The following blog post was written by Ellen Kampel, Public Relations Manager for Accessibility at Microsoft. Ellen holds a Masters in Social Work (MSW) and works on technology issues related to aging and people with disabilities.

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Yesterday, in Albuquerque, N.M., I accepted the Telecommunications for the Deaf and Hard of Hearing Inc.’s Andrew Saks Engineering Award, which recognized Microsoft’s efforts to make technology accessible to people with disabilities.

It was an honor not simply because a leading advocacy group rewarded Microsoft’s hard work, but also because the award showcased the increasing importance of accessible technology for people with disabilities.

“TDI is recognizing Microsoft for adopting a worldwide strategy over the years to develop software that makes it easier for people of all ages and abilities to see, hear, and use their computers. It has created technology that is accessible to everyone, and its Windows operating system now drives the computers of about 400 million people worldwide,” the organization said.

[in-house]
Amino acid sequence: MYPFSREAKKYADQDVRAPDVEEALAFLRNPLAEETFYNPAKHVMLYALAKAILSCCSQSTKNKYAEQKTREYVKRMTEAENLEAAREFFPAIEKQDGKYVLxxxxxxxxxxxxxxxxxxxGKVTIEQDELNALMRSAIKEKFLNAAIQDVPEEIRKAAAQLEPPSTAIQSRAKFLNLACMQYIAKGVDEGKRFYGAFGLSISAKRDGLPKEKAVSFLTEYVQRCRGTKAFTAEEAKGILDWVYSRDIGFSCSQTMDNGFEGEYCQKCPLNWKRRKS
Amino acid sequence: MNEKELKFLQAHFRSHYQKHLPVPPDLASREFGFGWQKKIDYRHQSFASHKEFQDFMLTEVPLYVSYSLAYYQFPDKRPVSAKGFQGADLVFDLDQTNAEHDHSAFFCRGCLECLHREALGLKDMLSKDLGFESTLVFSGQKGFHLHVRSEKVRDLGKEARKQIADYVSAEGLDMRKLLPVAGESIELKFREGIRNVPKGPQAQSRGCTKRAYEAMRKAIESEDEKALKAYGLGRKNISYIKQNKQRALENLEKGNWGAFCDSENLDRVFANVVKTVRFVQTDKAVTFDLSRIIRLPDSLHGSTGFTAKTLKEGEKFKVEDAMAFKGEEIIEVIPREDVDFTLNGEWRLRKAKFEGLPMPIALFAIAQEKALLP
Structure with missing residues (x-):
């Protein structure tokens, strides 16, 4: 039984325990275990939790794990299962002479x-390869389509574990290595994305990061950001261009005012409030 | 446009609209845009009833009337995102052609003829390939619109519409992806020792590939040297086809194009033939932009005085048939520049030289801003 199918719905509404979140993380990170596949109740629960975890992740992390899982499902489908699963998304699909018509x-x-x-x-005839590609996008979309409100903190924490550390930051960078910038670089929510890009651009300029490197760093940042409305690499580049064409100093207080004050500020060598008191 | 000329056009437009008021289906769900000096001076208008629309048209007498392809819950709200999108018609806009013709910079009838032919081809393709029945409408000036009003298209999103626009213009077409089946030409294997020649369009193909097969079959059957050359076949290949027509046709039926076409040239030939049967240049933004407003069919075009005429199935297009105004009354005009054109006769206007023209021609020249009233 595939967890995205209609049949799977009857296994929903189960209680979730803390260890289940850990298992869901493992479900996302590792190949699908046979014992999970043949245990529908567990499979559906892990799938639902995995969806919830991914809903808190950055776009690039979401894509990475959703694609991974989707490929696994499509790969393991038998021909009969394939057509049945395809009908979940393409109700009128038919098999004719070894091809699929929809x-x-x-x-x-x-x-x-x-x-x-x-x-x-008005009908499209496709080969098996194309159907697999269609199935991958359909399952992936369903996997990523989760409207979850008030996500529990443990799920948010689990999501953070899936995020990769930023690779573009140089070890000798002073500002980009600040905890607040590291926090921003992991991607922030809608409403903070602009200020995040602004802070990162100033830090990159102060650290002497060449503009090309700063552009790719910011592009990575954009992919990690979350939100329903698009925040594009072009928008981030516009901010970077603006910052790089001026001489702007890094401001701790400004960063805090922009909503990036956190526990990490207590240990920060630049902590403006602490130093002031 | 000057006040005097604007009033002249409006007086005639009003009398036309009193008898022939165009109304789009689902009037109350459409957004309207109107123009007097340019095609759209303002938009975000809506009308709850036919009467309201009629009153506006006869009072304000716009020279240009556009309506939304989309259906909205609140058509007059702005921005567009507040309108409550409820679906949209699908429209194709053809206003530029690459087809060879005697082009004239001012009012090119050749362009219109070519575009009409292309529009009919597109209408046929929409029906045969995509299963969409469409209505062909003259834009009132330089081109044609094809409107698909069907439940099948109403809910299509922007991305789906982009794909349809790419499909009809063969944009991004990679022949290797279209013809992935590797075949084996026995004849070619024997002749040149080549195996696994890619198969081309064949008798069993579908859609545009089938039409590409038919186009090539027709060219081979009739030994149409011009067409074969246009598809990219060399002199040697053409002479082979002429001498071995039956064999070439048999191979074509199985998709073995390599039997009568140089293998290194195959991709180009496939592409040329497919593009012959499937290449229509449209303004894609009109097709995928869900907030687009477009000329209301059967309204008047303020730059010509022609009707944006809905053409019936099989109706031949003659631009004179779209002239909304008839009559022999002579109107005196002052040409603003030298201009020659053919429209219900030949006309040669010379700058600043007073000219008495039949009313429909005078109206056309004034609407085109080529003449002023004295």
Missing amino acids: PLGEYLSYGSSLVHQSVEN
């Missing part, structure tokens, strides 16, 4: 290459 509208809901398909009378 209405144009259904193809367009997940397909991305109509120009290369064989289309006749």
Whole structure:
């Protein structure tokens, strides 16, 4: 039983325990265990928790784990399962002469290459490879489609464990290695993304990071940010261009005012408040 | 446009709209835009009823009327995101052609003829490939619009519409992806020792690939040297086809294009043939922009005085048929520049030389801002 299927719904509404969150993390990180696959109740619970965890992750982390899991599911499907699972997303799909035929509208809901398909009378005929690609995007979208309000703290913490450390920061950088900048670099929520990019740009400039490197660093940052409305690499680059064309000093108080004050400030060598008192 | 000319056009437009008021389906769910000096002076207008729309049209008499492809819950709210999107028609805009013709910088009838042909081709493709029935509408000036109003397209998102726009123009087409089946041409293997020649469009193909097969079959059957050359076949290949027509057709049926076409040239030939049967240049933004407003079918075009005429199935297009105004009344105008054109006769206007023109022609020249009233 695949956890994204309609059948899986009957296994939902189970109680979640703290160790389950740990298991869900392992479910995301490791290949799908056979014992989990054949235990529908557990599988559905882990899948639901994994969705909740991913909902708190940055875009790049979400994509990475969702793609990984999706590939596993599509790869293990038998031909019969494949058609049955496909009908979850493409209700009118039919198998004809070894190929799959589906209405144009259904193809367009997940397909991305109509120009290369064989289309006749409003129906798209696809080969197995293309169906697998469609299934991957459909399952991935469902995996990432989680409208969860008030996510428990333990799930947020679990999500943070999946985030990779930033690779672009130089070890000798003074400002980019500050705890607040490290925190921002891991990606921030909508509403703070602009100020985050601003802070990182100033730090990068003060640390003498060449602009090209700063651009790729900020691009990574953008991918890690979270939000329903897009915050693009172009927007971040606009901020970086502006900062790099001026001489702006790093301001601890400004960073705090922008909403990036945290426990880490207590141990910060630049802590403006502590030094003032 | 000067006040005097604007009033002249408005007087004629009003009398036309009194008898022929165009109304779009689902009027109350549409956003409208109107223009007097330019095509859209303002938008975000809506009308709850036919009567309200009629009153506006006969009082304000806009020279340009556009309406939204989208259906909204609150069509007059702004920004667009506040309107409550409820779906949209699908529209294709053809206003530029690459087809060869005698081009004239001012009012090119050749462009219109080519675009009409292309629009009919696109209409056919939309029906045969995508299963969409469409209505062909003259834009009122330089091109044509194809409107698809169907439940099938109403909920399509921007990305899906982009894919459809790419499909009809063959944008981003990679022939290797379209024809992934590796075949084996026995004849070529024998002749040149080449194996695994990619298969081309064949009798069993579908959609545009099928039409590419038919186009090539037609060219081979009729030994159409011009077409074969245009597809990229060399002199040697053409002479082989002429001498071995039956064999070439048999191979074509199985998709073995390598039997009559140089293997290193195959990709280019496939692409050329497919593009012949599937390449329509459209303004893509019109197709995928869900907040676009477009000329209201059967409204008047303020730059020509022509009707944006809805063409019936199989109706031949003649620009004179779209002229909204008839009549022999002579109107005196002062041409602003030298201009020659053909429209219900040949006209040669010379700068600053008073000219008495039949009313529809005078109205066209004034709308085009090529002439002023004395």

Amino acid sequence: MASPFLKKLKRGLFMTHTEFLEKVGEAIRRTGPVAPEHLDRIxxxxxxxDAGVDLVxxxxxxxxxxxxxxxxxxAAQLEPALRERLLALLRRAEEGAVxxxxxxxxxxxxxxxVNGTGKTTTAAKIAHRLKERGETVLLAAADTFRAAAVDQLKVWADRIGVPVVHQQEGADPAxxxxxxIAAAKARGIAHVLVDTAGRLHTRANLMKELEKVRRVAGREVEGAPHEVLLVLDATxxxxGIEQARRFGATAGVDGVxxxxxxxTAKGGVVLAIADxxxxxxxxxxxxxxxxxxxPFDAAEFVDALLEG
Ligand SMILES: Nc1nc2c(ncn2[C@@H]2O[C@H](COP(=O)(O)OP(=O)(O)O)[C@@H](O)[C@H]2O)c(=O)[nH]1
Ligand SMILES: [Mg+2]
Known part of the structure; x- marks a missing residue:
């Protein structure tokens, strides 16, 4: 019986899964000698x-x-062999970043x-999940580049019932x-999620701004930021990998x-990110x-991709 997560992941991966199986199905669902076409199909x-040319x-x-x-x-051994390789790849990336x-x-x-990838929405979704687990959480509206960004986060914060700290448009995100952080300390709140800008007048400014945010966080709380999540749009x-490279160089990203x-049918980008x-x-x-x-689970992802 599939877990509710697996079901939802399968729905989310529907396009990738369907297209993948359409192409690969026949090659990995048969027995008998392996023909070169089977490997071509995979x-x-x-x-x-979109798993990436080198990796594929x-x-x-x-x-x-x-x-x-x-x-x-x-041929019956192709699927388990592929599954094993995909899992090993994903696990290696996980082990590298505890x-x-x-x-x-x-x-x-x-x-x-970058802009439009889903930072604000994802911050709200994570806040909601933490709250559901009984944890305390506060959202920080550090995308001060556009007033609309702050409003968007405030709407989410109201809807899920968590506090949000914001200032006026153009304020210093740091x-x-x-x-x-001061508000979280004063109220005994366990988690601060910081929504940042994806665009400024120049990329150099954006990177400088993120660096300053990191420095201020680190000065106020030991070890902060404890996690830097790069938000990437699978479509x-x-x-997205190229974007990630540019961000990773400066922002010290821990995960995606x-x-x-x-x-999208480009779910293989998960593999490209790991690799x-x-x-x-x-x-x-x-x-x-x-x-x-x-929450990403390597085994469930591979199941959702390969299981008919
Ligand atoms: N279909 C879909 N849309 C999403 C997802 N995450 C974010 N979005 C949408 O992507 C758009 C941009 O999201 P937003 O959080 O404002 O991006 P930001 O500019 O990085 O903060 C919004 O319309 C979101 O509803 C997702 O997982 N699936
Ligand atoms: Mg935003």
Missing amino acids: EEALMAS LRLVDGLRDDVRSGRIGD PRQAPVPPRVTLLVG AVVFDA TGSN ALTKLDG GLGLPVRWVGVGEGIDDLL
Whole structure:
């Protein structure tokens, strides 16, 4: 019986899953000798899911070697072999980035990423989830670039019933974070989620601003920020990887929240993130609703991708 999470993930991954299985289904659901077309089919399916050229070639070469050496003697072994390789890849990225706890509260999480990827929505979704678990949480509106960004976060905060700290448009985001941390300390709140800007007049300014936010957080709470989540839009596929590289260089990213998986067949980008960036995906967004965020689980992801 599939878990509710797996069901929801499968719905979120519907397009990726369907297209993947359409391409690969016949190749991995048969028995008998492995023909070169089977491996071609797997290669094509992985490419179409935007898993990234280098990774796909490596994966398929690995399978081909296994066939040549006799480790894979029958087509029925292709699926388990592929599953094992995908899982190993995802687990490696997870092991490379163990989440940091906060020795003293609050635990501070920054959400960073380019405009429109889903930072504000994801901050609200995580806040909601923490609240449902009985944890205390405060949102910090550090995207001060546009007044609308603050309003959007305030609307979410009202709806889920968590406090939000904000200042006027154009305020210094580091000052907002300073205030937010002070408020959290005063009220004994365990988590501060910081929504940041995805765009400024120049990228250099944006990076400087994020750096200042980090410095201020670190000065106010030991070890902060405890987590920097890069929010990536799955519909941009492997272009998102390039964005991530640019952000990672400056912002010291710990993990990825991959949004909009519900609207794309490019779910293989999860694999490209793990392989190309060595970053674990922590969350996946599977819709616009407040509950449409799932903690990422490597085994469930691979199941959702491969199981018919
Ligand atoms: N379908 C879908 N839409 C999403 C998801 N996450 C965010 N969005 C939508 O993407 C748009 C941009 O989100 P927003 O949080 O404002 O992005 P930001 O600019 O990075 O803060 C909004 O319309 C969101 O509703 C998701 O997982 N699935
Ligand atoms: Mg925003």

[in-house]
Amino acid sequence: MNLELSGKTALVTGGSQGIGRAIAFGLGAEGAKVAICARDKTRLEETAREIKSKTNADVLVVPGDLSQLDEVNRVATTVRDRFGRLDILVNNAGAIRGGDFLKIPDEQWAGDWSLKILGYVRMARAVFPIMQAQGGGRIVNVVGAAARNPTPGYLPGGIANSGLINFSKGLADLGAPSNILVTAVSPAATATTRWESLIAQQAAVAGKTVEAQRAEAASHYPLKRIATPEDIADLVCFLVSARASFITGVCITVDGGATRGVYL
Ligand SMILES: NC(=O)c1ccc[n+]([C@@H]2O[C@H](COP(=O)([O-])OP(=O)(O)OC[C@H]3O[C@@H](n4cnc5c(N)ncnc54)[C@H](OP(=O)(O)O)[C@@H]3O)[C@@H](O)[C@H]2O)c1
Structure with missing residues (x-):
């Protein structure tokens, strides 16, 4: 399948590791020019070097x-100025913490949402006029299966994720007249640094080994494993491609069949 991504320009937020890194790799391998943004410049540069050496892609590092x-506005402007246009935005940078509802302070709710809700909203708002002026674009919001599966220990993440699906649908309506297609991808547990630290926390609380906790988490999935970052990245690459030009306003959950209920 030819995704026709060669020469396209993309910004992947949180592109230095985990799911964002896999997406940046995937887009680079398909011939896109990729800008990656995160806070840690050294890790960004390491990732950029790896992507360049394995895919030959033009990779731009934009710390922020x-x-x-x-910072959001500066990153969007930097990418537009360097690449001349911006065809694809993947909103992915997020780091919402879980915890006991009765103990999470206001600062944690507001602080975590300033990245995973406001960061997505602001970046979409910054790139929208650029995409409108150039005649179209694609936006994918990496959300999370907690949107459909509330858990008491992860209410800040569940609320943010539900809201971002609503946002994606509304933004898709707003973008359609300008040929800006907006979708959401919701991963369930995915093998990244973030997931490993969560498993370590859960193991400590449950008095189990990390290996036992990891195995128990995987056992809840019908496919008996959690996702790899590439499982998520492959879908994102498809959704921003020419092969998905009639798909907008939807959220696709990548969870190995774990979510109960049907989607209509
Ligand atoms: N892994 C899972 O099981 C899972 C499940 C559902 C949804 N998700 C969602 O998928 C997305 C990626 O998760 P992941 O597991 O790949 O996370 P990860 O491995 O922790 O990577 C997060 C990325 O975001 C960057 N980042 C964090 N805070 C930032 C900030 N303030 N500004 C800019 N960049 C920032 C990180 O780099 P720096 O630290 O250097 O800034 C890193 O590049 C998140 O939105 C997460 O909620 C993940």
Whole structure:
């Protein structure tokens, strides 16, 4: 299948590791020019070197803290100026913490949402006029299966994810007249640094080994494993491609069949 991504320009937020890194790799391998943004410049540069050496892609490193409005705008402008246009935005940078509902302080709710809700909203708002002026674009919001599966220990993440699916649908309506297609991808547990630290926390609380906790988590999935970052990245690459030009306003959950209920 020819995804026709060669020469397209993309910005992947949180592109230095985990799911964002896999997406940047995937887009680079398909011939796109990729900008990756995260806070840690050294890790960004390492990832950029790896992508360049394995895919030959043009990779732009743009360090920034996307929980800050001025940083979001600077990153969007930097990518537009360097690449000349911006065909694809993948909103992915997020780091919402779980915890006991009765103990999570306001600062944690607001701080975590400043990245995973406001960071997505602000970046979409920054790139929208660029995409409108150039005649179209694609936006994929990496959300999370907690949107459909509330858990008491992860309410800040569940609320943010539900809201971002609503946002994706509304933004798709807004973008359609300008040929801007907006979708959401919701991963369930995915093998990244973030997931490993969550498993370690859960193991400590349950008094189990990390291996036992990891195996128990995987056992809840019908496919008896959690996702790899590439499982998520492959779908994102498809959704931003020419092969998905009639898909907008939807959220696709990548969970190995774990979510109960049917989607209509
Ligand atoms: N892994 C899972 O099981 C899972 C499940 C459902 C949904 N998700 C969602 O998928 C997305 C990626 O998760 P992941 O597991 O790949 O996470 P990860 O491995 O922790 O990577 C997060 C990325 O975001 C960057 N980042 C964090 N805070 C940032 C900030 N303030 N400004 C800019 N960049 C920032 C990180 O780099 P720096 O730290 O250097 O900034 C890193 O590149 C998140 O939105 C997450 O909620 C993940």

Specifically, TDI recognized Microsoft for:

  • Its long-term commitment and leading role in creating accessibility solutions and integrating those solutions into its products.
  • Working to promote accessibility in development.
  • Designing technology that is accessible to people with a range of disabilities.

We are honored to have played a small part in the important work TDI has done for the last 45 years. It is an active national advocacy organization that addresses equal access issues in telecommunications and media for people who are deaf, hard-of-hearing, late-deafened, or deaf-blind.  We are particularly pleased to receive an award that carries the name of a pioneer in the field of accessible technology, Andrew Saks, who helped create the first telecommunications network for deaf users.

At Microsoft we continue to support TDI’s work by making our products more accessible. Both Xbox 360 and Windows 8, for example, support captions that can be displayed both directly and through third-party applications, such as Netflix. Users also can customize their captions by changing the color, size and transparency.

Read more about how to configure captions and other support in Xbox 360 and Windows 8 here. You can also check out “Enabling Professional-Quality Online Video: New Specifications for Interoperable Captioning” on Microsoft’s IEBlog.